Pope John Paul II has urged young people not to be afraid to go "against the current" in his Palm Sunday address to crowds in St Peter's Square in Rome.
Cardinals line up to receive the papal blessing on Sunday
He spoke with some difficulty and often appeared weary at the start of an intense week of religious events, culminating in mass on Easter Sunday.
As well as concern over the health of the 83-year-old, who has Parkinson's, there are elevated security fears.
There have been warnings Italy and the Vatican could be targets of an attack.
Tens of thousands of young people packed into St Peter's Square for the Pope's address on Sunday, carrying palm fronds and olive branches.
The ceremony celebrates the start of Holy Week. Palm Sunday marks Christ's entry into Jerusalem the week before his crucifixion.
Test of faith
The Pope at first struggled to pronounce his words, but later spoke with more strength.
"Certainly, the message that the Cross communicates is not easy to understand in our day, where material wellbeing and comfort are proposed and sought after as priority values," he said.
"Do not be afraid to go against the current" he urged.
Palm Sunday is traditionally a day the Pope uses to remind followers - particularly the young - of the strength of their commitment to their faith.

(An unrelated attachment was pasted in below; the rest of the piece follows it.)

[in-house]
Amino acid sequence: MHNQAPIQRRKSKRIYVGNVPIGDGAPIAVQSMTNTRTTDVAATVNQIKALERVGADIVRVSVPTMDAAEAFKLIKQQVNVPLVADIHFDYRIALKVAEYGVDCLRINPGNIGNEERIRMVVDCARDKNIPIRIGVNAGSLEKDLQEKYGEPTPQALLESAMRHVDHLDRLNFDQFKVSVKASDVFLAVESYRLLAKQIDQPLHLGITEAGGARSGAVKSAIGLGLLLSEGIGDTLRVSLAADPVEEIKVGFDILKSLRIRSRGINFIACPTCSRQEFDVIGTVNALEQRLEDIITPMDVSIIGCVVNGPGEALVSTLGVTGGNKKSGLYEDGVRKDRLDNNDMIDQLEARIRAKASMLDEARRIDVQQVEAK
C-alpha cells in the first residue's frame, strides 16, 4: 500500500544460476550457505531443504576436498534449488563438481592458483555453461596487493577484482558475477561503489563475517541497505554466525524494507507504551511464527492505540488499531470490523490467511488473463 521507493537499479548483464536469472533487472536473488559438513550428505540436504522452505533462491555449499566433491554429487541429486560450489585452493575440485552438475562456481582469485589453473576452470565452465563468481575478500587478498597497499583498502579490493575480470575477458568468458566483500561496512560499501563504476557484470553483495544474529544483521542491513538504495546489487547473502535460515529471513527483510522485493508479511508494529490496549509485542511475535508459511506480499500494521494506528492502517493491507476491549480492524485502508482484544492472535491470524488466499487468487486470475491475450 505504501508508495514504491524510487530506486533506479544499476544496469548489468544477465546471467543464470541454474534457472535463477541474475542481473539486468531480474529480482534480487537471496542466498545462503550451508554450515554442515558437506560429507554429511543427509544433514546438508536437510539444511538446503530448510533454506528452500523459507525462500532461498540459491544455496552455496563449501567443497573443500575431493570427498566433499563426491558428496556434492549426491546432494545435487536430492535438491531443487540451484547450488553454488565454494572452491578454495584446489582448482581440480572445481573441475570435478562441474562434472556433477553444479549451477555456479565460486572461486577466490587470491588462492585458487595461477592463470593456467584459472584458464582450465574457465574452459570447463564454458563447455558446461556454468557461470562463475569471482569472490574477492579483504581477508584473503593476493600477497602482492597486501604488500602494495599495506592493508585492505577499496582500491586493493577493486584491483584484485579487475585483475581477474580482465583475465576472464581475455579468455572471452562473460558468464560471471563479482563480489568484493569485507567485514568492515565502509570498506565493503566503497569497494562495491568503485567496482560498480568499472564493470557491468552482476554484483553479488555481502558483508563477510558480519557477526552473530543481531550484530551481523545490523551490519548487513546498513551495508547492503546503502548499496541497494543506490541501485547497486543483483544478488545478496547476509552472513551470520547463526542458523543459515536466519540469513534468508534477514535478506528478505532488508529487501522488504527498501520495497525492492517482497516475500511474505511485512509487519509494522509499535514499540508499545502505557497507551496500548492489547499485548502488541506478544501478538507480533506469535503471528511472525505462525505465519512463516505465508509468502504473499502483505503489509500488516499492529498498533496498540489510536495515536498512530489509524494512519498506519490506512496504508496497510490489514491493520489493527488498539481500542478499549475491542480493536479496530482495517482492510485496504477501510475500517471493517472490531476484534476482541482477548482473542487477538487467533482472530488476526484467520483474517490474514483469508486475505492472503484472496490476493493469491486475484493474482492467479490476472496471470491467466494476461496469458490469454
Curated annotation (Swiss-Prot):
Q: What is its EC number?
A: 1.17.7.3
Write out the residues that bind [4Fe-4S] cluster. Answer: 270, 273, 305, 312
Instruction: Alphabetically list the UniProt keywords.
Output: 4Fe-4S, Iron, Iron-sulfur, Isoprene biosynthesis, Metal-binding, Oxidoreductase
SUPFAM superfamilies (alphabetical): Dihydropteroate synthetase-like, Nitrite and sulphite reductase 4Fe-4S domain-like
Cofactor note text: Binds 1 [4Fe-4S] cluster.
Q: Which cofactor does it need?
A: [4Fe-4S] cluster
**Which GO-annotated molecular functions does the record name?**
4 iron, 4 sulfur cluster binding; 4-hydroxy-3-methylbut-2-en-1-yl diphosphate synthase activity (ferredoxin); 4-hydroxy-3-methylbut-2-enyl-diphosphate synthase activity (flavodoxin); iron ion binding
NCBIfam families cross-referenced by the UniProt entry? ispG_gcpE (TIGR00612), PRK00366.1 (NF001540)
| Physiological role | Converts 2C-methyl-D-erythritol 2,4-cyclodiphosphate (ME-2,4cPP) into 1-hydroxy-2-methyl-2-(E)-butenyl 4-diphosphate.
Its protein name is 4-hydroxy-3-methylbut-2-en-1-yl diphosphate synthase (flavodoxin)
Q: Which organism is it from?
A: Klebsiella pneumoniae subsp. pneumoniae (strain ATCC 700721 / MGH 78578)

Alert for trouble
The Pope appeared unconcerned by the heightened security alert, distributing Communion at the steps of the altar, and later touring the margins of the crowd in his popemobile.
But pilgrims were searched as they entered the square, and plainclothes police and Vatican security scanned the crowds as the ceremony proceeded.
Palm Sunday celebrations were also held in many other countries
Easter Sunday falls on the 11th of the month and various secret services have indicated that Italy and the Vatican could be particularly at risk.
The attacks on New York and Washington took place on 11 September 2001, and the Madrid train bombings on 11 March this year.
On Friday Italian police detained 161 immigrants, mainly North Africans, suspected of having links with Islamic extremist groups.
'Sowers of hate'
The Vatican has described the week of holy rituals as an "antidote" to the fears of a world grappling with war and violence.
Vatican newspaper L'Osservatore Romano ran an article about Sunday's celebrations next to photographs of the terror bombings in Madrid, Middle East violence and the Iraq war.
"The most insidious enemy of young people is called
fear," the paper said.
"An 'expert' of hope, like John Paul II, knows this well."
The pontiff, it said, invites youths to "ally themselves on Christ's side, and not with the sowers of hate, the mercenaries of terror, the prophets of death."